**** ROTATE **** **** ROTATE **** **** ROTATE **** **** ROTATE ****

Find this Story

Print, a form you can hold

Wireless download to your Amazon Kindle

Look for a summary or analysis of this Story.

Enjoy this? Share it!


A Scholar’s Adventures In The Country
by [?]

“You know we must have a cow,” said my wife, the morning of our second week. Our friend the gardener, who had now worked with us at the rate of two dollars a day for two weeks, was at hand in a moment in our emergency. We wanted to buy a cow, and he had one to sell–a wonderful cow, of a real English breed. He would not sell her for any money, except to oblige particular friends; but as we had patronized him, we should have her for forty dollars. How much we were obliged to him! The forty dollars were speedily forthcoming, and so also was the cow.

“What makes her shake her head in that way?” said my wife, apprehensively, as she observed the interesting beast making sundry demonstrations with her horns. “I hope she’s gentle.”

The gardener fluently demonstrated that the animal was a pattern of all the softer graces, and that this head-shaking was merely a little nervous affection consequent on the embarrassment of a new position. We had faith to believe almost anything at this time, and therefore came from the barn yard to the house as much satisfied with our purchase as Job with his three thousand camels and five hundred yoke of oxen. Her quondam master milked her for us the first evening, out of a delicate regard to her feelings as a stranger, and we fancied that we discerned forty dollars’ worth of excellence in the very quality of the milk.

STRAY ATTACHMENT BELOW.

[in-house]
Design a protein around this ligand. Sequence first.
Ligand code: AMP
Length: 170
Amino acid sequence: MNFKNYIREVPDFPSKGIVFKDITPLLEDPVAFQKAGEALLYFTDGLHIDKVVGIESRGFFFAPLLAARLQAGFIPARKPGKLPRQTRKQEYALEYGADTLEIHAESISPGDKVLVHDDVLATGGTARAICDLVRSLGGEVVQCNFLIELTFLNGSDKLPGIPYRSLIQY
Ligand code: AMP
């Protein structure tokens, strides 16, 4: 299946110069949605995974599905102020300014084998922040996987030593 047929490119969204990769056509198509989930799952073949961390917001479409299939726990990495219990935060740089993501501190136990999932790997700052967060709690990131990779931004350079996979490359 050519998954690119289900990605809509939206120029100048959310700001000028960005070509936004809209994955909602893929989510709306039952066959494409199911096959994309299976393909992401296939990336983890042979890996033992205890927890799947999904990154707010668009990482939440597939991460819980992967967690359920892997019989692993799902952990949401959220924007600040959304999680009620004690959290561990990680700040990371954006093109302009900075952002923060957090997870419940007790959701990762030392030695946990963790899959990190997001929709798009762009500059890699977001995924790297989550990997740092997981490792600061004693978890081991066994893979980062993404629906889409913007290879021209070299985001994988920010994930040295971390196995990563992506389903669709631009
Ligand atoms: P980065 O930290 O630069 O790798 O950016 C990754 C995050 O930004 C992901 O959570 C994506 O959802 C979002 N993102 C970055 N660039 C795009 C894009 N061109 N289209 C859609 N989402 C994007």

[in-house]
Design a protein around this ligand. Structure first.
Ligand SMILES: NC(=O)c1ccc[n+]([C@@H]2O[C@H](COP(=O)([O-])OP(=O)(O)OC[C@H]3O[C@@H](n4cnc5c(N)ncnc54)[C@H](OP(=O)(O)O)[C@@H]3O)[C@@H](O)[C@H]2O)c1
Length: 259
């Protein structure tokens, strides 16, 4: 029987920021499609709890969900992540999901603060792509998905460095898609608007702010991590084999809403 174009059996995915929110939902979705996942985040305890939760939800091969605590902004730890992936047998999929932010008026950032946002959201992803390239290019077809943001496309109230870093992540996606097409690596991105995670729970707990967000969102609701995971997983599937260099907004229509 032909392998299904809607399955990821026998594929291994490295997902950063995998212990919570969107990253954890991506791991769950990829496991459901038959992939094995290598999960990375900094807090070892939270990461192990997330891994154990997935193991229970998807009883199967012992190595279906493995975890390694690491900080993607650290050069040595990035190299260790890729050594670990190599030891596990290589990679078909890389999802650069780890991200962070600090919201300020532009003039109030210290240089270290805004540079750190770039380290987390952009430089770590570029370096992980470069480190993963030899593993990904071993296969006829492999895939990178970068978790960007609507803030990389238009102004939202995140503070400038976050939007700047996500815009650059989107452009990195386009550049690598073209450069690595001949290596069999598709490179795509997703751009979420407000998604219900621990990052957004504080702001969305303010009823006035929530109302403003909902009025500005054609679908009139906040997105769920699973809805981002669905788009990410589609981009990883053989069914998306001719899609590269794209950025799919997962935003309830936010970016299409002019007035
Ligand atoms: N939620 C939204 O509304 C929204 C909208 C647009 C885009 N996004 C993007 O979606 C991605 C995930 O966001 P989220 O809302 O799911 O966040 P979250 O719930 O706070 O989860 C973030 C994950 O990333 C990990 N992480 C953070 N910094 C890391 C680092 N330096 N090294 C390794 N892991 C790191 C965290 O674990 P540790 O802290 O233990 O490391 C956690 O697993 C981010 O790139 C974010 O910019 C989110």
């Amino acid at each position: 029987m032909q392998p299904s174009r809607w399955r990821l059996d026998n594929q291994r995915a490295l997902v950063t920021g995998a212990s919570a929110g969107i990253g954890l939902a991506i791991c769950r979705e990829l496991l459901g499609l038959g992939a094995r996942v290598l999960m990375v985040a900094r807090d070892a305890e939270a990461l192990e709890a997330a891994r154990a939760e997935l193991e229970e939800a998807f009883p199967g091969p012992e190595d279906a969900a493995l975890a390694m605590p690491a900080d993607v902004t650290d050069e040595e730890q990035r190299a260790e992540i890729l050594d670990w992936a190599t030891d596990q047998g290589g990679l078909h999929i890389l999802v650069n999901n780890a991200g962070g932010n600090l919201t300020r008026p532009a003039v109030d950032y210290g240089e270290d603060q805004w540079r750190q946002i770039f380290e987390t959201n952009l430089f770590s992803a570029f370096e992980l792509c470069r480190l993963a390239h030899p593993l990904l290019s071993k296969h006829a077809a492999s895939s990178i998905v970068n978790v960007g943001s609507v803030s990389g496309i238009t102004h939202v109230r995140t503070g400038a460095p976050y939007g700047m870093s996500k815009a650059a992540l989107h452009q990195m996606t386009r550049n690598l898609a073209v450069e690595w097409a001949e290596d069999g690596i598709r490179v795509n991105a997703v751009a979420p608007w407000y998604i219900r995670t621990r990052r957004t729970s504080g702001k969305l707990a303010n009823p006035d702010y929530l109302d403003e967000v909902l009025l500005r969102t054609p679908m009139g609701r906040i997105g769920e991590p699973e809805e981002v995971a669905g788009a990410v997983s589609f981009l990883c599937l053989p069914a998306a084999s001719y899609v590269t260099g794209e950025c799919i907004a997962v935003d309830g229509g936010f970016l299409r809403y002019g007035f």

But alas! the next morning our Irish girl came in with a most rueful face. “And is it milking that baste you’d have me be after?” she said; “sure, and she won’t let me come near her.”

“Nonsense, Biddy!” said I; “you frightened her, perhaps; the cow is perfectly gentle;” and with the pail on my arm I sallied forth. The moment madam saw me entering the cow yard, she greeted me with a very expressive flourish of her horns.

“This won’t do,” said I, and I stopped. The lady evidently was serious in her intentions of resisting any personal approaches. I cut a cudgel, and, putting on a bold face, marched towards her, while Biddy followed with her milking stool. Apparently the beast saw the necessity of temporizing, for she assumed a demure expression, and Biddy sat down to milk. I stood sentry, and if the lady shook her head I shook my stick; and thus the milking operation proceeded with tolerable serenity and success.

“There!” said I, with dignity, when the frothing pail was full to the brim. “That will do, Biddy,” and I dropped my stick. Dump! came madam’s heel on the side of the pail, and it flew like a rocket into the air, while the milky flood showered plentifully over me, and a new broadcloth riding-coat that I had assumed for the first time that morning. “Whew!” said I, as soon as I could get my breath from this extraordinary shower bath; “what’s all this?” My wife came running towards the cow yard, as I stood with the milk streaming from my hair, filling my eyes, and dropping from the tip of my nose; and she and Biddy performed a recitative lamentation over me in alternate strophes, like the chorus in a Greek tragedy. Such was our first morning’s experience; but as we had announced our bargain with some considerable flourish of trumpets among our neighbors and friends, we concluded to hush the matter up as much as possible.

“These very superior cows are apt to be cross,” said I; “we must bear with it as we do with the eccentricities of genius; besides, when she gets accustomed to us, it will be better.”

Madam was therefore installed into her pretty pasture lot, and my wife contemplated with pleasure the picturesque effect of her appearance, reclining on the green slope of the pasture lot, or standing ankle deep in the gurgling brook, or reclining under the deep shadows of the trees. She was, in fact, a handsome cow, which may account, in part, for some of her sins; and this consideration inspired me with some degree of indulgence towards her foibles.